Suppose you are concerned about your fancy internet-connected home appliance. You might have seen that film in 1995 called “Hackers”. Therefore, you voice your concerns to the supplier. If your supplier was a professional, the supplier might say that every precaution is taken to reduce and mitigate the risks. The supplier might even say there is a report available from an independent tester which shows the security of the system.

On the other hand, I present the example shown here where the supplier (that’s ST Professional Plumbing And Heating of Flookburgh, Cumbria) say “blah blah” to your concerns. They seem to think that you must ‘take their word for it’ in their arrogance. I wonder if they are suggesting that the average man on Clapham Common is unable to understand and consider the risks.

I will not be employing them, ever. I ask you to consider the nature of the company you are considering employing in the future. It’s not national security at risk. It’s your personal security, and when you are in your own home it is your castle. I believe that when you are in your own home, you need to put the security of your family and yourself first.

As a side-note, I would expect that the people in charge of national security have probably got it sussed by now.

2015027_ST_Professional_Plumbing_And_Heating_responds_to_security questions_and_fails

Cheers Hammond!

January 26, 2015

The BBC’s Top Gear is back for another series, they are spoiling us with 10 episodes.
That’s not (exactly) why I’m here in front of my computer, although Top Gear is certainly entertaining.
What I’m actually here is to express my disappointment over Richard Hammond’s “shouty angry man act”. I ride a bike to work, and I’ve seen some inconsiderate and dangerous driving (from drivers and cyclists alike). Perhaps it’s a symptom of age (although he’s about five years older than I am) but I felt his yelling and cussing did nothing to improve the image of cyclists.
I find that a directed look of calm derision is much more effective at making me feel better, rather than chasing the driver down and tearing a strip off him or her.

I also felt Hammond’s occasional cycling-in-the-door-lane sets a poor example. I’d want to be further away from the door of the parked cars, experience teaches this sort of thing just as well as the UK’s Highway Code.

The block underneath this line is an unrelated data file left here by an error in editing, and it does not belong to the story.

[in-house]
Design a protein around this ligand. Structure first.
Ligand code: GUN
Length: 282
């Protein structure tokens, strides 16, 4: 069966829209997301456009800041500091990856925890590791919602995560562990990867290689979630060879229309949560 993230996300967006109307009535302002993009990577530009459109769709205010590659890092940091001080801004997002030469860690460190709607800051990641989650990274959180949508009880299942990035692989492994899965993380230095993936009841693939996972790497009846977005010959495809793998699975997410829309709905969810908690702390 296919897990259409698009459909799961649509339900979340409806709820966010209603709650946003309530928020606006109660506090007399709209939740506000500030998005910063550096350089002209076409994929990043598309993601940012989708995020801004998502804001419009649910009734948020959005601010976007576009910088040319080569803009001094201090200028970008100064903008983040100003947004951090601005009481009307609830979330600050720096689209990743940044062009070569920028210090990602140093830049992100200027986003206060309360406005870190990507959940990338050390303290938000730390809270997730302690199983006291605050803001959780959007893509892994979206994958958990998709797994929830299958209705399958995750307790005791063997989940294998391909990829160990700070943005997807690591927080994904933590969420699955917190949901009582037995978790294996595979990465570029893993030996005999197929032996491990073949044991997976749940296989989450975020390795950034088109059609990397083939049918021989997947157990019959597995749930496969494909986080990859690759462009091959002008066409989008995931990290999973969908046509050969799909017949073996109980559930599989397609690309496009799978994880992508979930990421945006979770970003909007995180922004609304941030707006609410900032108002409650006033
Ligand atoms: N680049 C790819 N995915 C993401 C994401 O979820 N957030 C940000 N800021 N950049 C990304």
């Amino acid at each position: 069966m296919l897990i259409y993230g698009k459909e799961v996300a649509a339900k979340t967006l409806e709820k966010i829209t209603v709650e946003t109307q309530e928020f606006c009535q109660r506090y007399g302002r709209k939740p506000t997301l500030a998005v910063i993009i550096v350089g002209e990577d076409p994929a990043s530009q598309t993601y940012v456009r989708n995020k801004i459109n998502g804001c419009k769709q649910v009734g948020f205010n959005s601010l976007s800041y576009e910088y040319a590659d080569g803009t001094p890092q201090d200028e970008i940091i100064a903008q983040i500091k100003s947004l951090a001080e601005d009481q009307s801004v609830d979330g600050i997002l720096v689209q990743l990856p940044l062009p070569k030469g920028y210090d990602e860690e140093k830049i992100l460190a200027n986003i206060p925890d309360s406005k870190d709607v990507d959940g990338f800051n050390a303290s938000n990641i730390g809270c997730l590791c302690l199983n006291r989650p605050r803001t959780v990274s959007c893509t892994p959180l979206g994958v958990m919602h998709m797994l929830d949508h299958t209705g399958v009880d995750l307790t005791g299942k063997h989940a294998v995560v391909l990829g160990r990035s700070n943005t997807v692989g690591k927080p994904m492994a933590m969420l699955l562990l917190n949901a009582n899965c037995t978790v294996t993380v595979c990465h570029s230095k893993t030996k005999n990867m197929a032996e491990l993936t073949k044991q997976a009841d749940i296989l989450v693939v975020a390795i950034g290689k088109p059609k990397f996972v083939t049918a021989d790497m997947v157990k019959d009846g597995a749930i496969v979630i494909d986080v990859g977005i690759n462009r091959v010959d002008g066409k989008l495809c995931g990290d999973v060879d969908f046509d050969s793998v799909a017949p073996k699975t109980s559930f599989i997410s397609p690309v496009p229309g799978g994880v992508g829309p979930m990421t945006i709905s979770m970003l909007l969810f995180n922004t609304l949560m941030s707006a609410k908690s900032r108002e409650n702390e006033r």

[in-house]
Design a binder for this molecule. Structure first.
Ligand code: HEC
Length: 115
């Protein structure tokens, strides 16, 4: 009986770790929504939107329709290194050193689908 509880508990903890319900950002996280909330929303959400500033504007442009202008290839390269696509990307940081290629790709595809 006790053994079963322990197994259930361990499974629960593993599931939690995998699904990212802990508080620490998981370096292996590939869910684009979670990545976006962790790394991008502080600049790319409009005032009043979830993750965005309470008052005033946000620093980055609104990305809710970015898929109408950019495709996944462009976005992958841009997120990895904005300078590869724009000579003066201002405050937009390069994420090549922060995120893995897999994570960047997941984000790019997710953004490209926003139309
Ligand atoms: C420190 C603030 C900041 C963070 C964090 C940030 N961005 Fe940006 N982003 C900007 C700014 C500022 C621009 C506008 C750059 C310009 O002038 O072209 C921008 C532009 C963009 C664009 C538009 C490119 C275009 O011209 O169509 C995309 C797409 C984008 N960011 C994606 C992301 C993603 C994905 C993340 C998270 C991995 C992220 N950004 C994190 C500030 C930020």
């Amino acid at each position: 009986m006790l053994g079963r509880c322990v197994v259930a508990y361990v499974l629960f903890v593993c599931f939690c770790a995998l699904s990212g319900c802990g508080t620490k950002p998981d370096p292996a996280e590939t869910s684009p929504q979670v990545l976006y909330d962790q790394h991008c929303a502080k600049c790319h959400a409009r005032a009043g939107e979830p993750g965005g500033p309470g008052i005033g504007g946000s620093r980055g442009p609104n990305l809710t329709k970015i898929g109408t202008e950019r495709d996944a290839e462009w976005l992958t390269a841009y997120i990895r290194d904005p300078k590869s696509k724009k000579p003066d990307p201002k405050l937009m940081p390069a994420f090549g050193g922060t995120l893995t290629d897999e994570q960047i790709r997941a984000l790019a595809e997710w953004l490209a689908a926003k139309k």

(Highway Code, rule 67 paragraph 2)

Having the tools is not the same as using them.

January 19, 2015

In a first of its kind case a student accused of attempting to pirate the 3D movie Gravity has been completely cleared by a court in the UK. The presiding judge said there was absolutely “no legal basis” for the case and instructed the jury to find the 28-year-old not guilty.

The muppets at FACT are particularly petulant in their response, because people never take cameras in to the cinema. Nope, never happens, right?
(I’m deliberately mocking how most cinema-goers will take their camera-equipped mobile phone with them, and often use it during the show)

Being more practical about this case, if the student in question had intended to record the film then I understand that the alignment of the two cameras in terms of the precision in convergence would make the enterprise prohibitively difficult.

When I worked in the cinema industry (which seems like a long long time ago) I interrupted a few people with various cameras and mobile phones. Not because of the potential for piracy, but because it was against the admission policy on mobile devices. At the time people were downloading films from the internet, as they do today. Why take the risk and record it yourself? Lunacy.
By the way: Happy new year! I have been in full-time employment since September 2014, so I have less time to write compared to when I was working a part-time job in between leaving the cinema industry and now.